NORTH Shropshire MP Owen Paterson has led a meeting calling for greater cross-border connectivity between Wales and England that was ‘heard in the heart of Whitehall’ about the Union Connectivity Review.

Mr Paterson was joined by Shropshire councillor Steve Davenport, cabinet member for highways at Shropshire Council and representative for Whittington, Midlands Connect director Maria Machancoses and Sir Peter Hendy CBE, chair of the Union Connectivity Review, to discuss the review with Department for Transport officials.

The Union Connectivity Review will make recommendations on how the UK government can change transport infrastructure and improve connectivity between Scotland, Wales, Northern Ireland and England, boosting access to opportunities and improving people’s everyday connections.

Mr Paterson said he was backing his government's plans to improve connectivity.

He added: “The government's proposal to improve connectivity between the regions of the UK with a network of key strategic roads similar to the European TEN model is a really good initiative which I totally support.

“The A5 links the Republic of Ireland, the industrial areas of North Wales, North West England and Merseyside with the West Midlands with the South and Eastern and Channel ports to Europe.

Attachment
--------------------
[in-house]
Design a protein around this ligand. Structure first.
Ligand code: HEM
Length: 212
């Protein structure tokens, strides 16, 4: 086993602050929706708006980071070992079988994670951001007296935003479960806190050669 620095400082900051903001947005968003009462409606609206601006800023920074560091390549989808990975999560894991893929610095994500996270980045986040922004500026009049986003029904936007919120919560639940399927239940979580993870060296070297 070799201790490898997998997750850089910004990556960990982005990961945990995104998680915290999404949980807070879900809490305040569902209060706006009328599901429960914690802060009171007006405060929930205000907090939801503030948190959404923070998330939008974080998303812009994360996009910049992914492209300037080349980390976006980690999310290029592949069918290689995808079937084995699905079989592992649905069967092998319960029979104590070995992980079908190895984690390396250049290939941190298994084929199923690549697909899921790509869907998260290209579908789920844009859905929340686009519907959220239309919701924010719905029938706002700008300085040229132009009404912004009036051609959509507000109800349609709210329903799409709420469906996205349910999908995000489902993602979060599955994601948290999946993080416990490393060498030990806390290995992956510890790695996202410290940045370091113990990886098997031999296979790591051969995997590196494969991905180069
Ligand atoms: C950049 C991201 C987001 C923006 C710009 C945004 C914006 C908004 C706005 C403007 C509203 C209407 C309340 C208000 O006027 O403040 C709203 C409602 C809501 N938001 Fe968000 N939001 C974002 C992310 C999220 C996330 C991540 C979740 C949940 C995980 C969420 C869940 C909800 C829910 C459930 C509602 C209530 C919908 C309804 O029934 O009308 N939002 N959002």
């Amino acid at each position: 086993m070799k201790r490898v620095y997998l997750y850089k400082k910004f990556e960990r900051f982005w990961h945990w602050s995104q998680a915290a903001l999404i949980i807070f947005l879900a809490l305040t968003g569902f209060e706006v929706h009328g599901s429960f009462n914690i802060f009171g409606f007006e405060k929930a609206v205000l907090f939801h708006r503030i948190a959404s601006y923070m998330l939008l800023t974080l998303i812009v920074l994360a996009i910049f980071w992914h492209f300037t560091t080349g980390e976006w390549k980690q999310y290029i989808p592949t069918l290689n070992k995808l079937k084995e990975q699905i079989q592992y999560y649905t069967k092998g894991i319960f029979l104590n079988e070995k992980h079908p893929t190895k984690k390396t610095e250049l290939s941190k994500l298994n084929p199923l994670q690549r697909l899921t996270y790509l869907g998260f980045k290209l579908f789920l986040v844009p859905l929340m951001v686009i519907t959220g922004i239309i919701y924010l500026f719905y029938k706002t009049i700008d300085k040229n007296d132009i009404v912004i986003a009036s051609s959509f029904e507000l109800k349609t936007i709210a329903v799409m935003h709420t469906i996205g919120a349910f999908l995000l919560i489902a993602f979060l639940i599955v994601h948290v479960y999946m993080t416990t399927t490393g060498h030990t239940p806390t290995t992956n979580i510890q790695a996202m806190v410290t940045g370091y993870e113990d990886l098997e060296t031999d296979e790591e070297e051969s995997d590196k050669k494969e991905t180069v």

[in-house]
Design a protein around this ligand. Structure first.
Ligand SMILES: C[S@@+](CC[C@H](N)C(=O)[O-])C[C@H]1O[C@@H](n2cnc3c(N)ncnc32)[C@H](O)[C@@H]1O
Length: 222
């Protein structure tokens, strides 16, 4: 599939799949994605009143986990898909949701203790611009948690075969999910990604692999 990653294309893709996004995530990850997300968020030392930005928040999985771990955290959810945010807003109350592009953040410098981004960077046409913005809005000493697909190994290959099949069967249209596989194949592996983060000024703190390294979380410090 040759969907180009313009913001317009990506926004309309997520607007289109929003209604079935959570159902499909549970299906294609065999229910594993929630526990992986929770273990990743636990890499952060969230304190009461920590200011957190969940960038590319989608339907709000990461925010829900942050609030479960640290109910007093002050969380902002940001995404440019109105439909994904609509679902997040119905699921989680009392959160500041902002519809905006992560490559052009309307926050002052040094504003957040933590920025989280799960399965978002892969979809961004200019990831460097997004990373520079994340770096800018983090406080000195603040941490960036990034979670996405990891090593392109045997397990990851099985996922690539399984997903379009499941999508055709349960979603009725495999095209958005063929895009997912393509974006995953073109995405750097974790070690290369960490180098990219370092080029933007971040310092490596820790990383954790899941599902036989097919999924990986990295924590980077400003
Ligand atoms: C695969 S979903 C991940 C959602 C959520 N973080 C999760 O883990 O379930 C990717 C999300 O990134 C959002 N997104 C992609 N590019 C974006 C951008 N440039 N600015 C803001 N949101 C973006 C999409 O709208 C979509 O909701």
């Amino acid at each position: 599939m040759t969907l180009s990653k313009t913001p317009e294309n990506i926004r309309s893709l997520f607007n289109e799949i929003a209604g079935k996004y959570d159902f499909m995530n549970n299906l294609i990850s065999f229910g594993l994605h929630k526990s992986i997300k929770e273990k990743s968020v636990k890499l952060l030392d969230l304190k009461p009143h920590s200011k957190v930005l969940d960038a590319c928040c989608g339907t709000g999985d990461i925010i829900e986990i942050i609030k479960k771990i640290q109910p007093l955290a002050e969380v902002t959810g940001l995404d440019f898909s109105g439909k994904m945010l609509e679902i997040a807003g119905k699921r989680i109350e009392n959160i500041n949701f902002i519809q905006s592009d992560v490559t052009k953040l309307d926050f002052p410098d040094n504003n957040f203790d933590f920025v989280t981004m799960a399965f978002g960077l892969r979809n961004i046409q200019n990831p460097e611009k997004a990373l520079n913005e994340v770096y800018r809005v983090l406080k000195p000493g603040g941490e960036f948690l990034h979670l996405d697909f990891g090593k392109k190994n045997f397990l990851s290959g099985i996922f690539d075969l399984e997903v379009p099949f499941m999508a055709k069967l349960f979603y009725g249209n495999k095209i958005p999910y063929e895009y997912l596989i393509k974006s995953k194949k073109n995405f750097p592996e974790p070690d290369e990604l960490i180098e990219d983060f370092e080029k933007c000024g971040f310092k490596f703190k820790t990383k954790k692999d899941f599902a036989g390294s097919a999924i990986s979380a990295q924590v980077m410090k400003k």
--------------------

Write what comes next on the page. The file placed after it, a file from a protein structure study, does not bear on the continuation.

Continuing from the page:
“It is a key strategic road which is totally inadequate.

"We had a good meeting with Sir Peter and agreed to write to him strongly the supporting this initiative.”

The roundtable focused on strategic road and rail improvements that would alleviate the issues that affect cross-border journeys between Wales and England.

Previous studies including the Midlands Connect/ Shropshire Council ‘Cross Border Strategy’ (2019) and The Marches Local Enterprise Partnership (LEP) Strategic Transport Corridors in the Marches Report (2016) have highlighted the lengthy journey times and significant safety concerns that have negatively impacted on the wellbeing of both urban and rural cross-border communities.

Upgrades to the existing network would also support the freight and logistics sector. The current routes to the Port of Holyhead in Wales, a strategic international gateway serving the UK, Ireland and wider Europe, struggle with the current levels of traffic.

Ms Machancoses added: “The Midlands is at the heart of the UK and our recommendations to the Union Connectivity Review highlight the critical transport routes that require funding.

"In the last five years, we have worked with our partners to make the case for greater cross-border connectivity, unlocking the economic potential of the

“The discussions with the Sir Peter Hendy were positive and we look forward to continuing our engagement with his officials and the Department for Transport.”